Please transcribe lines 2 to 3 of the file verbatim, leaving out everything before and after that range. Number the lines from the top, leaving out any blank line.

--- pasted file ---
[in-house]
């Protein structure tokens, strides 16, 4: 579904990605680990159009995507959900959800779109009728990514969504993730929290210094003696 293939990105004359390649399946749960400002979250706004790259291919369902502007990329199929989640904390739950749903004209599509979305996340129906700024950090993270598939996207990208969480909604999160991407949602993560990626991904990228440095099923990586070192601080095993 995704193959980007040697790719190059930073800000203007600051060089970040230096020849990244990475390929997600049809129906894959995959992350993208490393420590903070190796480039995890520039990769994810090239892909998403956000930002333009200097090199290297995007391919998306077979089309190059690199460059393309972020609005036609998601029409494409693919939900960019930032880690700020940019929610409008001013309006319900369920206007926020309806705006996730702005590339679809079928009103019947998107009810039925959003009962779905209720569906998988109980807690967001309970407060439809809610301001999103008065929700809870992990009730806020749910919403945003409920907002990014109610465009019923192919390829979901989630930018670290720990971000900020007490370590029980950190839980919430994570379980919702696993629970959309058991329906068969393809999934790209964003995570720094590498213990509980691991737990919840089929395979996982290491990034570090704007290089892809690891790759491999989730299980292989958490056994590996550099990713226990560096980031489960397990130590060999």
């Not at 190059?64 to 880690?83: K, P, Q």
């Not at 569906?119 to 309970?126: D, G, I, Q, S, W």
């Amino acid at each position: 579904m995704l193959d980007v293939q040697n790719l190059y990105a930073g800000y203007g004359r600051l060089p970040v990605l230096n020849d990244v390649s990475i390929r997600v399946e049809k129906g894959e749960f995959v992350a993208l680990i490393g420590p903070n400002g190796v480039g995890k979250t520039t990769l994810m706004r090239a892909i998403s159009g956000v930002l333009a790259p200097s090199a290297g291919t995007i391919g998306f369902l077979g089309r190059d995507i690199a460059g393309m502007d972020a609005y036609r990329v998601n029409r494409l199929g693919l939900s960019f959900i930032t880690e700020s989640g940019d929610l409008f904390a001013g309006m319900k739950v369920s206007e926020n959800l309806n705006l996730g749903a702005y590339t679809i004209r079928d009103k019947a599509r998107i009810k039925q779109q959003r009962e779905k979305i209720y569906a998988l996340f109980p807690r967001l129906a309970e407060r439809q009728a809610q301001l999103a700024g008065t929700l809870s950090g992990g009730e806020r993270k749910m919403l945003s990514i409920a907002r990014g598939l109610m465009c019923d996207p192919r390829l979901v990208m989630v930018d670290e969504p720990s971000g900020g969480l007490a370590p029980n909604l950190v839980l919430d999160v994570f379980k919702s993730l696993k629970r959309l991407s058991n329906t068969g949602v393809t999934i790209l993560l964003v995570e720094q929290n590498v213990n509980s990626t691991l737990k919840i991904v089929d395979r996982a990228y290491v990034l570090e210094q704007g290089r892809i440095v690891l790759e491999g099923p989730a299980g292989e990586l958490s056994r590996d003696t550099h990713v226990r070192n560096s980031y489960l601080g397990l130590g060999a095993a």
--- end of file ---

């Protein structure tokens, strides 16, 4: 579904990605680990159009995507959900959800779109009728990514969504993730929290210094003696 293939990105004359390649399946749960400002979250706004790259291919369902502007990329199929989640904390739950749903004209599509979305996340129906700024950090993270598939996207990208969480909604999160991407949602993560990626991904990228440095099923990586070192601080095993 995704193959980007040697790719190059930073800000203007600051060089970040230096020849990244990475390929997600049809129906894959995959992350993208490393420590903070190796480039995890520039990769994810090239892909998403956000930002333009200097090199290297995007391919998306077979089309190059690199460059393309972020609005036609998601029409494409693919939900960019930032880690700020940019929610409008001013309006319900369920206007926020309806705006996730702005590339679809079928009103019947998107009810039925959003009962779905209720569906998988109980807690967001309970407060439809809610301001999103008065929700809870992990009730806020749910919403945003409920907002990014109610465009019923192919390829979901989630930018670290720990971000900020007490370590029980950190839980919430994570379980919702696993629970959309058991329906068969393809999934790209964003995570720094590498213990509980691991737990919840089929395979996982290491990034570090704007290089892809690891790759491999989730299980292989958490056994590996550099990713226990560096980031489960397990130590060999």
């Not at 190059?64 to 880690?83: K, P, Q």